LDF won the case in Brown. LDF, the finest civil rights law firm of the 20th century, and served as the prototype for myriad other legal defense funds, including MALDEF (Mexican American Legal Defense Fund).
Attorneys continue to advance Civil Rights protections and to guard against roll backs as courts, Congress, and the country become increasingly conservative. The Civil Rights Movement is not over; it is alive and kicking.
2. Courageous Courts
Courageous judges epitomized by the Warren Court issued decisions upholding the rights of the people. Advocates continue seeking access to justice through the courts, including the US Supreme Court.
In Brown v. Board of Education the U.S. Supreme Court struck down the “separate but equal” doctrine in schools, signalling the end of legal apartheid in the U.S. The US Supreme Court also held in 1954 that the Equal Protection Clause protected against discrimination based on race, color, national origin, ancestry, or descent in Hernandez v Texas, a legal effort led by LULAC and their lawyers.
Discrimination is not a black or white issue. This point is often ignored in this society, particularly in the mainstream media like the New York Times.
The NAACP Legal Defense Fund (LDF) team in Brown v Board
3. The Movement in the Streets
The Movement in the streets is what many people think of as the Civil Rights Movement, but it is only one part. Martin Luther King, Jr., and the March on Washington for Jobs and Freedom in 1963, leading to the passage of the Civil Rights Act of 1964, are well known examples. The Movement included the Southern Christian Leadership Conference; Bob Moses, Stokely Carmichael, John Lewis, and the Student Nonviolent Coordinating Committee (SNCC); James Farmer and the Council of Racial Equality (CORE); the songs of the Civil Rights Movement; and other work. Historic moments in the Movement in the streets include:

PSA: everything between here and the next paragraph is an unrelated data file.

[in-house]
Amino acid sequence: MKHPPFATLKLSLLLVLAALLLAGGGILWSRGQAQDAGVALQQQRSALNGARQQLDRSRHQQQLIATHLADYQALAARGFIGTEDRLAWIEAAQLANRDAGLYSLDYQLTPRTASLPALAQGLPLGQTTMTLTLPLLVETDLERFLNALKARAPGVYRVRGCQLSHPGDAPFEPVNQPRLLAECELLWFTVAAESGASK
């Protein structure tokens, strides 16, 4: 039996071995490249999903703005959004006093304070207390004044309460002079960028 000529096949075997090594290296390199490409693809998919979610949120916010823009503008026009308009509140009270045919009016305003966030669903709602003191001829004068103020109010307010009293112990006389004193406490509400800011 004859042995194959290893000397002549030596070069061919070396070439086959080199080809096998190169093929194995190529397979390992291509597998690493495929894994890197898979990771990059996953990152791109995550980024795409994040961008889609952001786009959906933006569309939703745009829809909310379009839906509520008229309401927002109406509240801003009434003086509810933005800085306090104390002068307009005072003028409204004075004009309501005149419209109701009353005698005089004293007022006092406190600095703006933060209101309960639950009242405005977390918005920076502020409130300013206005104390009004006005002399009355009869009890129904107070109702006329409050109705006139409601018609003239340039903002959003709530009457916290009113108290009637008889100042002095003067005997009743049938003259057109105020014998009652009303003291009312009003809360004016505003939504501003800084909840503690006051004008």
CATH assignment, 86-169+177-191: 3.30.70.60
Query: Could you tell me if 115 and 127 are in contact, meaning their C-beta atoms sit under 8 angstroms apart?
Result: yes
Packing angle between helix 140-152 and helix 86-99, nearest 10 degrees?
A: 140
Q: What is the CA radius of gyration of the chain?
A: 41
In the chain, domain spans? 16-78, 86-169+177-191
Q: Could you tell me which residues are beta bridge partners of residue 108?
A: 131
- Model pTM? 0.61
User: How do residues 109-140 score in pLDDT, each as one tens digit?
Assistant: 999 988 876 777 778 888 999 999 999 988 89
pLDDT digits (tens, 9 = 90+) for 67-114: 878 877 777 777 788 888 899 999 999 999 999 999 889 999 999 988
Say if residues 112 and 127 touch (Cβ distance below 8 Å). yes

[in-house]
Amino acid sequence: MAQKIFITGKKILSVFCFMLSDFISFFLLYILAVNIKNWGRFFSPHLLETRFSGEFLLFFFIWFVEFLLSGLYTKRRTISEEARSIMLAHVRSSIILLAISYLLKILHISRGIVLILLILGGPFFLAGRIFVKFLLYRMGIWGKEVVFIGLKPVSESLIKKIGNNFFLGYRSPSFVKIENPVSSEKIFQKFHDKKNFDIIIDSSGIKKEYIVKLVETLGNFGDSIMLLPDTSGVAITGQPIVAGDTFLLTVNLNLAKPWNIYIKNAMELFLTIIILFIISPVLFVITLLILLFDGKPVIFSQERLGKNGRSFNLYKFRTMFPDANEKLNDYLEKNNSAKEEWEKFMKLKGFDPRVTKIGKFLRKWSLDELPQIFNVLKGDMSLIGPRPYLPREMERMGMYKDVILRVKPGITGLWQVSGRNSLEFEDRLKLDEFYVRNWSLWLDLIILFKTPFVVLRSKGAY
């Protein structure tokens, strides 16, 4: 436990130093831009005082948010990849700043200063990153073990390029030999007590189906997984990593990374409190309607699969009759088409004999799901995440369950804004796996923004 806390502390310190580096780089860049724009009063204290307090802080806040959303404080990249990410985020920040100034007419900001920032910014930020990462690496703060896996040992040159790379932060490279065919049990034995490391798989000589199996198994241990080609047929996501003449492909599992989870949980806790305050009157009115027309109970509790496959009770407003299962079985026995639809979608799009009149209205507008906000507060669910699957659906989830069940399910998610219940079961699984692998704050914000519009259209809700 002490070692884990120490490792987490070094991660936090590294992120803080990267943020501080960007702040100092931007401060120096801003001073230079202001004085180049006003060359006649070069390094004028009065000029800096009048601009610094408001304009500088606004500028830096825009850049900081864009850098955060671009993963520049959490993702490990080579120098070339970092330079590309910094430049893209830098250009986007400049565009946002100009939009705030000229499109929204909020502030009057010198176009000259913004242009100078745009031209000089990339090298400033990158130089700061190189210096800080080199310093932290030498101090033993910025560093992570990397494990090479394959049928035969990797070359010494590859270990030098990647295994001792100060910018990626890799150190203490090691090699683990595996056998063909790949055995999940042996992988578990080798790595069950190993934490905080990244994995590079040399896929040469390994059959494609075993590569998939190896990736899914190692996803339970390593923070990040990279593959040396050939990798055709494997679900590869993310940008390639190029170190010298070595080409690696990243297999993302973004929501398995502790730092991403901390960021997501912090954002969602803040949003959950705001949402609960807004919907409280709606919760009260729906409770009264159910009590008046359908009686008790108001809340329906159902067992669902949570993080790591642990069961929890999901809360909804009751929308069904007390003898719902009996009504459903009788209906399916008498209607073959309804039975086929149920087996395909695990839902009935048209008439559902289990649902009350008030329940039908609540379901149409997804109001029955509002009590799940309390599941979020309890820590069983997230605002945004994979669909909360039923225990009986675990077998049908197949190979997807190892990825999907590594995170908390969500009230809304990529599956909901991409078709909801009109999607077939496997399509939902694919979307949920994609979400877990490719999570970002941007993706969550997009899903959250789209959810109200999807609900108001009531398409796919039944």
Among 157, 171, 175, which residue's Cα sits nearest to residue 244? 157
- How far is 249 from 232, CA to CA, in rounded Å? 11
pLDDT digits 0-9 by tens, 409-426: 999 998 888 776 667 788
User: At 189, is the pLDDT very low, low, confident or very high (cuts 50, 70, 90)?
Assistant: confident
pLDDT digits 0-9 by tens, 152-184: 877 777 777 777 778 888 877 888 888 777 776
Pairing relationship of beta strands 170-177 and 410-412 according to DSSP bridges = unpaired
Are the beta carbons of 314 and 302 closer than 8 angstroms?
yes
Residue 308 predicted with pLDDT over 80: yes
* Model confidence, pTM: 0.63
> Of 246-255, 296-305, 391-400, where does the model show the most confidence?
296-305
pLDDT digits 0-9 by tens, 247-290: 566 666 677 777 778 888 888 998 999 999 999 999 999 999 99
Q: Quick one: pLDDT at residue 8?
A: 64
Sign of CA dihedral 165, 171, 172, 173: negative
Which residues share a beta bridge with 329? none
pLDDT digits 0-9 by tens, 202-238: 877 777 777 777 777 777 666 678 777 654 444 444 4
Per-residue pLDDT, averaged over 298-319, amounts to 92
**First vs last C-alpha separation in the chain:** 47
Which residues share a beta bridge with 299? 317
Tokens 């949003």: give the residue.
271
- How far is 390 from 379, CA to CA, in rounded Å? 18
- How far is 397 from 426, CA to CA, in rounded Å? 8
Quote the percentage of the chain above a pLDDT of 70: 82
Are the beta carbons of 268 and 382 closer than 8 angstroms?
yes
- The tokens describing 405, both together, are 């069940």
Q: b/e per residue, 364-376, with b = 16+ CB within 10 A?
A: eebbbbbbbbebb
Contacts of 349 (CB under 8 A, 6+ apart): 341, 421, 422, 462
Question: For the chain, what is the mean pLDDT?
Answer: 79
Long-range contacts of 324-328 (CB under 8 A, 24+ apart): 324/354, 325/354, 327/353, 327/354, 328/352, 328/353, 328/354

* The Montgomery Bus Boycott, 1955
* Sit-ins at lunch counters, 1960
* Freedom Rides to desegregate buses, 1961
* The Birmingham Children’s March and Church Bombing, 1963
* The March on Washington for Jobs and Freedom, 1963
* Freedom Summer, 1964
* The March from Selma to Montgomery, 1965
* The Campaign against Poverty and for Economic Justice, 1968
Civil Rights attorneys play a role in organizing the Movement in the streets. LDF’s Jack Greenberg and Jim Nabrit, for example, developed the march route and logistics for the final march from Selma to Montgomery working with local activists. LDF represented the marchers with cooperating attorney Fred Gray at trial and in the 5th Circuit Court of Appeals after the state of Alabama appealed the order permitting the march by federal district court Judge Frank Johnson.
The Movement expanded to include other organizing efforts that helped achieve social change, as discussed below under “Impact and Inspiration.”
The Selma to Montgomery March, Photo Tile in The Civil Rights Park, Los Angeles 2014
4. Legislation in Congress and the States